Brindisi’s Restaurant (390 Broadway, Saratoga Springs, 587-6262). Fri: the Accents.

Caffe Lena (47 Phila St., Saratoga Springs, 583-0022). Thu: open mic (7 PM). Fri: Paul Geremia. Sat: Barebones and Wildflowers. Wed: Albany Free School Benefit with Hamell on Trial.

Club Caroline (13 Caroline St., Saratoga Springs, 580-0155). Thu: Thirteen Four. Fri: karaoke with DJ Chris. Sat: Good for the Soul. Sun: karaoke with DJ Chris. Tue: karaoke with DJ Chris. Wed: DJ.

The Club House (30 Caroline St., Saratoga Springs, 580-0686). Fri-Sat: DJ Daniel Van D, hiphop, club mixes.

E. O’Dwyer’s (15 Spring St., Saratoga Springs, 583-6476). Fri: North Allen.

The Inn At Saratoga (231 Broadway, Saratoga Springs, 583-1890). Sat: Ria Curley Jazz Group.

9 Maple Avenue (9 Maple Ave., Saratoga Springs, 583-CLUB). Fri: Mark Capon Quartet. Sat: Joe Barna Quartet.

Original Saratoga Brew Pub (14 Phila St., Saratoga Springs, 583-3209). Fri: English Garden.

Saratoga Springs Brew Pub (14 Phila St., Saratoga Springs, 583-3209). Thu: Kevin Mullaney and Electric Life.

Siro’s (168 Lincoln Ave., Saratoga Springs, 584-4030). All shows at 6 PM. Fri: Bluz House Rockers. Sat: Electric City Horns. Sun: Ali Jean and the Struts.

Sperry’s (30 1/2 Caroline St., Saratoga Springs, 584-9618). Mon: Tom Evans Blues Band.

Museums & Galleries


Beekman Street Artists’ Co-Op, 79 Beekman St., Saratoga. 366-6706. Unglued, mixed media works by Martha Starke, Christa Ellis, Leah McCloskey, Linda Van Alstyne, Kathy Spain, and Amejo Amyot. 9/2-26.

Gallery 100, 445 Broadway, Saratoga Springs. 580-0818. Works on Paper, featuring works by Willie Marlowe, Deborah Morris, Peter Stake, and Wendy Ide Williams. 9/2-10/3. Reception 9/3, 6-8 PM.

Tang Teaching Museum and Gallery, Skidmore College, 815 Broadway, Saratoga Springs. 580-8080. Paradise and Plumage: Chinese Connections in Tibetan Arhat Painting. Exhibition featuring 14th-18th century paintings and objects from China and Tibet. 9/5-1/2/2005.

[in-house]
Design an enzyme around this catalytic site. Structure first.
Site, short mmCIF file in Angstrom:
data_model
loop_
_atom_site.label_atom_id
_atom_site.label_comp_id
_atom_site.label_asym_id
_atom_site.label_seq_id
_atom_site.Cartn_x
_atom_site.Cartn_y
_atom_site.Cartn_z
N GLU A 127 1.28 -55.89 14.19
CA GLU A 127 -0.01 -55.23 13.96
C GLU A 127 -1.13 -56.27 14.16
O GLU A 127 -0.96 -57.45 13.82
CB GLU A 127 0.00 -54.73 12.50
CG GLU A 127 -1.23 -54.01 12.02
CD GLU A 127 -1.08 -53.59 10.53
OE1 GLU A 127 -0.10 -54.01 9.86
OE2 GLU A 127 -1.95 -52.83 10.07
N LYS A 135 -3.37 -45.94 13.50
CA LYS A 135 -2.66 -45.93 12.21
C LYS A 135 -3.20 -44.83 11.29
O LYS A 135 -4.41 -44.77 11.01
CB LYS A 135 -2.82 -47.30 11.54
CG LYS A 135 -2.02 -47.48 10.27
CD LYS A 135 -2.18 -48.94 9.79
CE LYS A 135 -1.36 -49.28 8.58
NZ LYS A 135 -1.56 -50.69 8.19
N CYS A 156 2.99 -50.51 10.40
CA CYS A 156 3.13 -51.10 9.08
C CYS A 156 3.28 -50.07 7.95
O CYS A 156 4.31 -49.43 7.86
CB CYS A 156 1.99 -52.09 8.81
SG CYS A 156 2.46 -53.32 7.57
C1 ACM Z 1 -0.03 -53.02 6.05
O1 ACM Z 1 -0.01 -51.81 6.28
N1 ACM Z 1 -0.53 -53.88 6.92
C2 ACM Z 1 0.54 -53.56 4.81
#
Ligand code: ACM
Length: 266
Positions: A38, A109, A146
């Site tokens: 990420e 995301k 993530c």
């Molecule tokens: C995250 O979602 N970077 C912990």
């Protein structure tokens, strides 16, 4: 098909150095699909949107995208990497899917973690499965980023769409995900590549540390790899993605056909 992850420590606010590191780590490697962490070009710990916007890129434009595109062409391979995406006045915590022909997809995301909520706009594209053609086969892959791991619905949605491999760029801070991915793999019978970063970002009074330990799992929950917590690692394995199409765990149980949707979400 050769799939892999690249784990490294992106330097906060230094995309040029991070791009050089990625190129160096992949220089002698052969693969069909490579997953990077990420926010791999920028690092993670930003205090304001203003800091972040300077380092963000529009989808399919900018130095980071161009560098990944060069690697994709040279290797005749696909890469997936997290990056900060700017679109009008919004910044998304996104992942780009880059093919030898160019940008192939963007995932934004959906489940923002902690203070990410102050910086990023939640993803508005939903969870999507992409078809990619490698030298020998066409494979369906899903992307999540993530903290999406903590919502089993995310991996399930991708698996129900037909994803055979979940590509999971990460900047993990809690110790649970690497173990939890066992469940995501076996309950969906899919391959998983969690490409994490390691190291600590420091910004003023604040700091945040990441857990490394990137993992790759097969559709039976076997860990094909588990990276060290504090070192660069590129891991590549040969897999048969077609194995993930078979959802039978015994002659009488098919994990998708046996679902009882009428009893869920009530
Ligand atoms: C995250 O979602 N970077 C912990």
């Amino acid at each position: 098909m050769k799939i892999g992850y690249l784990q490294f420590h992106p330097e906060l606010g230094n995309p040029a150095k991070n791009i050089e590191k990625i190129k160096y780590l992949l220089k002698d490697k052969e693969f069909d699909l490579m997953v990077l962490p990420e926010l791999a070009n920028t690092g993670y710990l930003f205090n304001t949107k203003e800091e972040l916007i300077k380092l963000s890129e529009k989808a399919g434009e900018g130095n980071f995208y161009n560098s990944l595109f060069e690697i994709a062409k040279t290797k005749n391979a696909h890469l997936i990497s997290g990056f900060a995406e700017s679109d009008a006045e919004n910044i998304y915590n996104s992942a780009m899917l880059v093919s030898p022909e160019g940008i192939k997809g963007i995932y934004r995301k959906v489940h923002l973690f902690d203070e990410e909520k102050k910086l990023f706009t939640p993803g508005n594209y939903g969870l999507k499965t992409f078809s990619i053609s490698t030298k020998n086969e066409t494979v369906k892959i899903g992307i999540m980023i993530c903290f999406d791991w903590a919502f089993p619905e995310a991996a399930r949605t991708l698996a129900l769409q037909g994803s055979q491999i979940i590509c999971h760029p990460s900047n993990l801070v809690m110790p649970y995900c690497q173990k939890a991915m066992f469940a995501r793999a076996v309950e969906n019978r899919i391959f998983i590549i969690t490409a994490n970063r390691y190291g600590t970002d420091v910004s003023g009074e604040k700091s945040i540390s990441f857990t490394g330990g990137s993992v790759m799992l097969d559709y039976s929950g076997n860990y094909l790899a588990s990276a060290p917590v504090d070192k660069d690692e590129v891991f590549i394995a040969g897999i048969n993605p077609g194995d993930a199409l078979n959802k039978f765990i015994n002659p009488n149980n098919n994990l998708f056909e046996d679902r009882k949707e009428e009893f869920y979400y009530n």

This Week

Saratoga County Arts Council Arts Center, 320 Broadway, Saratoga Springs. Imagination Rules, a half-day program for children ages 5-7. 584-4132.

Saratoga Race Course

Open daily through Sept. 6, except Tuesdays.

Location 267 Union Ave., Saratoga Springs, 584-6200.

Admission $3 grandstand, $5 clubhouse; children under 12 free; seats are $6 and $7, respectively.

Parking $10 per car at the track side and $5 across Union Avenue at the Oklahoma Training Track. General parking is free.

Racing Nine or 10 races a day; pari-mutuel wagering on every race.

First Race Post Time 1 PM (except Travers Day, Aug. 28, when it’s 12:30 PM).

Saratoga SHOTS
By Martin Benjamin

Birdstone, the eventual winner of last Saturday’s $1,000,000 Travers Stakes, goofing off two days before his big race after an early morning jog, during a bath. Though not the betting favorite, despite running as a New York-bred horse before the local crowd and being the only horse to ever beat Smarty Jones, Birdstone prevailed in a thunderstorm under jockey Edgar Prado. Betting favorite Lionheart, who suffered a career-ending broken foot during the race, and other contenders proved to be no match for the Mary Lou Whitney Stable-owned and Nick Zito-trained 3-year old. Birdstone earned his owner, trainer and jockey $600,000 for his little over 2 minutes of running [2:02.45, official time].